World Blood Donor Day 2016
14 June 2016 - Every two seconds someone in South East Asia needs a blood transfusion. There are many circumstances where patients need blood to stay alive: they may have been involved in an accident, undergone surgery, suffered a miscarriage, lost blood during childbirth, have a blood disease, and so on. In all of these situations access to safe blood can save lives. Blood cannot be manufactured; it can only be donated by humans.
World Blood Donor Day this year aims to raise awareness about the importance of regular blood donations and thank all of the voluntary, unpaid donors who have saved millions of lives across the world. Bangladesh needs more than 8 lakh units of blood annually to meet the needs of the population. The government is commited to increasing voluntary blood donations to ensure a safe blood supply for the whole country. WHO Bangladesh has supported the development of a national voluntary blood donor strategy.
Bangladesh marks World No Tobacco Day 2016
31 May 2016 - Tobacco use continues to be a major public health issue across South Asia. On World No Tobacco Day this year, WHO is calling on all member countries to get ready for plain packaging of tobacco products.
Plain packaging refers to measures that restrict or prohibit the use of logos, colours, brand images or promotional information on packaging. This approach aims to reduce the attractiveness of tobacco products, limit misleading information on packaging and increase the effectiveness of health warnings.
WHO Bangladesh supports the Government of Bangladesh in it's efforts to monitor, control and prevent tobacco use. Most recently, the government introduced graphic health warnings on packs of tobacco products in March.
WHO supports Cyclone Roanu relief efforts
23 May 2016 - Cyclone Roanu hit southern and south-eastern parts of Bangladesh on Saturday 21st May, causing widespread floods, heavy rain and strong winds in coastal areas. Over 500,000 people have been affected, many of whom have moved to shelters and places of safety. These communities now face increased risks to their health.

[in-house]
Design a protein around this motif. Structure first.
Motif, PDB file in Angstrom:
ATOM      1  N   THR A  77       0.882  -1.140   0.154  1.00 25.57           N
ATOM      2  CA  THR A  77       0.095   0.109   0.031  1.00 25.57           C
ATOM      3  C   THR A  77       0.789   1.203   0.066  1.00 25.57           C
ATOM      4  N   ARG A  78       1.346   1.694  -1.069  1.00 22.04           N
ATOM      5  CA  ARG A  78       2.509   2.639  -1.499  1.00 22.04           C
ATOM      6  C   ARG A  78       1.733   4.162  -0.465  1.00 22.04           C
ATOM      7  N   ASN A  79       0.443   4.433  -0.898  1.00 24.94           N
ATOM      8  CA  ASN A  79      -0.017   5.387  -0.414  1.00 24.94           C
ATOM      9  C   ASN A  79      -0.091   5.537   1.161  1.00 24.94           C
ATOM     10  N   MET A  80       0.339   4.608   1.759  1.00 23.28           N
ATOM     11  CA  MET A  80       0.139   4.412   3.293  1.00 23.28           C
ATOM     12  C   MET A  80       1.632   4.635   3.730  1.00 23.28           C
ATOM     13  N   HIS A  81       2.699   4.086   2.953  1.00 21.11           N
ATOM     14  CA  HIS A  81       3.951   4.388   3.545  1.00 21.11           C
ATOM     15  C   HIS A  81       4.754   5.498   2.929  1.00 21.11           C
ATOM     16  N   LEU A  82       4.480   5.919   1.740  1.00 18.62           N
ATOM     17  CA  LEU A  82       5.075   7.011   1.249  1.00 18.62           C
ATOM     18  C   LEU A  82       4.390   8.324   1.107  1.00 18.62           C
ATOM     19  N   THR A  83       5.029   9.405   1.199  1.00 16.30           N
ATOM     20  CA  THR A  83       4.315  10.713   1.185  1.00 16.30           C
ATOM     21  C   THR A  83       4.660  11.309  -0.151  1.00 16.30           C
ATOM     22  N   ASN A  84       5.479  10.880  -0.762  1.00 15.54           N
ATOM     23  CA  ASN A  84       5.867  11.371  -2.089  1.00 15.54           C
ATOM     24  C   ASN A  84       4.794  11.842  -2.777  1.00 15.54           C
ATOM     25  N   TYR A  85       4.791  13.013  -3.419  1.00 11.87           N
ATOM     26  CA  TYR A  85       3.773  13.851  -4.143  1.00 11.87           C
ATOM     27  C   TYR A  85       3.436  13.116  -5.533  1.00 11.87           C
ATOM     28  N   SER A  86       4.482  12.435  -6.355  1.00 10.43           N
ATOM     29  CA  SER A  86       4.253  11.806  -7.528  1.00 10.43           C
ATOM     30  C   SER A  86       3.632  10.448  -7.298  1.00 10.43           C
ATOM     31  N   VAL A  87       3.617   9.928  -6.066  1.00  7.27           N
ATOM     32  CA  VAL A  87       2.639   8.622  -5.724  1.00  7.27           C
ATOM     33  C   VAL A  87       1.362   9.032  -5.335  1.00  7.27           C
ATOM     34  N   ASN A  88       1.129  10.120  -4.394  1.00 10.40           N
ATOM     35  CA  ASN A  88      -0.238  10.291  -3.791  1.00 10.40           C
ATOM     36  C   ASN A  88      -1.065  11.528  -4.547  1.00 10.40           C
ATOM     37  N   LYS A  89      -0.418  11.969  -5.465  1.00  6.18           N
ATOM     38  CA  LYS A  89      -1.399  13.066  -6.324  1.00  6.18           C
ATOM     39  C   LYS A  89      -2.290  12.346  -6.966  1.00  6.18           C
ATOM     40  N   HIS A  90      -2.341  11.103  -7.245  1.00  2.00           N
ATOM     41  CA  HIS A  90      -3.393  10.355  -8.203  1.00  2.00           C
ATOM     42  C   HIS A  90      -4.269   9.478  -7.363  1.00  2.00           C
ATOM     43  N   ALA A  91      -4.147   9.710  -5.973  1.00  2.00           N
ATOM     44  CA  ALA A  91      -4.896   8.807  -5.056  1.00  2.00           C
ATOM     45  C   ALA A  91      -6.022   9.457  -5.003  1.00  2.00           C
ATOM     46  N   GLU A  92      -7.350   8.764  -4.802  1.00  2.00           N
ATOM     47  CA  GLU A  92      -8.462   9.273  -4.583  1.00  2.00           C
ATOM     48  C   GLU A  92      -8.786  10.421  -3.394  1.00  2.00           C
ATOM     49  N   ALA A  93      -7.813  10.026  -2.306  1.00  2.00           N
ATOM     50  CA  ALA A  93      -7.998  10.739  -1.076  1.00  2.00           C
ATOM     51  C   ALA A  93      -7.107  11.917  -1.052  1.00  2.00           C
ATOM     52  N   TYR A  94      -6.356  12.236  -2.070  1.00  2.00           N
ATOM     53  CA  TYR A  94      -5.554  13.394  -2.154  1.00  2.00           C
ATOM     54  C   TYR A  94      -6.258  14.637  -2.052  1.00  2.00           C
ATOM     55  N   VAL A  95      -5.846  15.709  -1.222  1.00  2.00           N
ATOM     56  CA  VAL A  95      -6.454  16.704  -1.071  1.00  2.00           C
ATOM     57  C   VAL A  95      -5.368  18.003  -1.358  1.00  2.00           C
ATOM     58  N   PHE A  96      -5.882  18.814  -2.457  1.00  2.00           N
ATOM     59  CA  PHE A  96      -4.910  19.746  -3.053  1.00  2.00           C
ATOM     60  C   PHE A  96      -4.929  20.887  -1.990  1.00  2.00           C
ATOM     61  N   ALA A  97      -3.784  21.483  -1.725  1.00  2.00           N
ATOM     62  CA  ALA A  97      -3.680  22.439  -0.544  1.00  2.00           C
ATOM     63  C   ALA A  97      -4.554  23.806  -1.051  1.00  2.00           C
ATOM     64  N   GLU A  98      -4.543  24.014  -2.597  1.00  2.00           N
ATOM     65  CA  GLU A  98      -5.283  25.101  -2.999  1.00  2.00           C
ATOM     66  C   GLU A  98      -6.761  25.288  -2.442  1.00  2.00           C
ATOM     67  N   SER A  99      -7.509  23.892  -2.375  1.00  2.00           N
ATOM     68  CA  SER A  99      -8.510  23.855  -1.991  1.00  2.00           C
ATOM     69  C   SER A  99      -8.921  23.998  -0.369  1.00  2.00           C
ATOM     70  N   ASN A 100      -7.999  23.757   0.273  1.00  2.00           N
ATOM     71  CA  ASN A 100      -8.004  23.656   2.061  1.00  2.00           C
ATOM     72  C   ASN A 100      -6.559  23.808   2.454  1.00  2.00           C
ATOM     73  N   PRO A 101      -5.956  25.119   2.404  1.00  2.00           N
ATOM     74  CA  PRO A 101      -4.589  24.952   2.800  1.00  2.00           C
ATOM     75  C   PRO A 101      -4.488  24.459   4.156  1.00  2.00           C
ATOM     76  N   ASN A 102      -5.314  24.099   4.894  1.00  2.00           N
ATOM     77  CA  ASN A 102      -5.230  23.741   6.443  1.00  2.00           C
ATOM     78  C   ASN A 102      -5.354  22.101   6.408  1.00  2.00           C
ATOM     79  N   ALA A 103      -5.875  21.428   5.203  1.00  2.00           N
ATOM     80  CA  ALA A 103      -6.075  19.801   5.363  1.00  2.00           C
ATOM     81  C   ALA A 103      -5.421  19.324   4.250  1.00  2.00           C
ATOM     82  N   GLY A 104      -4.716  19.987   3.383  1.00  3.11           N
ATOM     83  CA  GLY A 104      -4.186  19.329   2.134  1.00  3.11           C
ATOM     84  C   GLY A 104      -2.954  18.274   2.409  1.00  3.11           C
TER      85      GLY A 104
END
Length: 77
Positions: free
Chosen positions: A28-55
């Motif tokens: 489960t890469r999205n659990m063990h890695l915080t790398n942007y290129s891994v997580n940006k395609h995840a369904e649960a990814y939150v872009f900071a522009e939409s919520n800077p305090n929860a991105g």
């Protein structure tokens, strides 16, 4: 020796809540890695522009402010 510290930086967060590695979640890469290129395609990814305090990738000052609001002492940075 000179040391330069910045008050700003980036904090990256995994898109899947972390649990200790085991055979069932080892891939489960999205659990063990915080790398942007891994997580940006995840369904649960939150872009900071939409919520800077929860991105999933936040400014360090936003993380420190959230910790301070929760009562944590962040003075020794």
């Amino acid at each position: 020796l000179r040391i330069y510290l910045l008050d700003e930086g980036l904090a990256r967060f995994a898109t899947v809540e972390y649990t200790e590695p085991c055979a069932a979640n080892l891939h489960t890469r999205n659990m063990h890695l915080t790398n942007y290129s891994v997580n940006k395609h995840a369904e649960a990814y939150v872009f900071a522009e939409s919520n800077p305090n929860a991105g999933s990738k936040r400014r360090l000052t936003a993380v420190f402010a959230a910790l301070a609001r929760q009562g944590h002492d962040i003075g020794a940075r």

WHO Bangladesh is working with the Ministry of Health & Family Welfare and other partners to monitor the situation at the national level. WHO field staff is working closely with local officials and medical teams on the ground to help coordinate and provide any necessary support. Emergency health kits and medical supplies were already available in the affected areas as part of WHOs divisional preparedness plan 2015-2016 and are being distributed.
Bangladesh joins global polio vaccine switch
23 April 2016 - Bangladesh is one of 155 countries that are rolling out a new type of polio vaccine as part of a global push to eradicate polio. Since wild poliovirus type 2 was eradicated from the world in 1999, it is no longer needed in the routine polio immunization program. The vaccine ‘switch’ involves replacing the trivalent oral polio vaccine (tOPV), which protects against all three type of poliovirus (types 1, 2 and 3), with a new bivalent vaccine (bOPV) that will provide greater immunity against two types of polio (types 1 and 3). This tOPV to bOPV switch is the most ambitious globally synchronized vaccine effort in history. The switch will also involve disposing of all batches of the old vaccine so that it is no longer being used anywhere in the world.
- Feature story on cyclones in Bangladesh
- HPV vaccine launched in Bangladesh
- Course on Health Systems Strengthening and Universal Health Coverage
- Bangladesh announces National SWITCH Day 2016
- Training on information literacy for medical librarians in Dhaka
- WHO continues to support road safety in Bangladesh
- Sixty-eighth Session of the Regional Committee
- Bangladesh health workforce strategy 2015: On the Move
- WHO to continue supporting community-based health activities in Bangladesh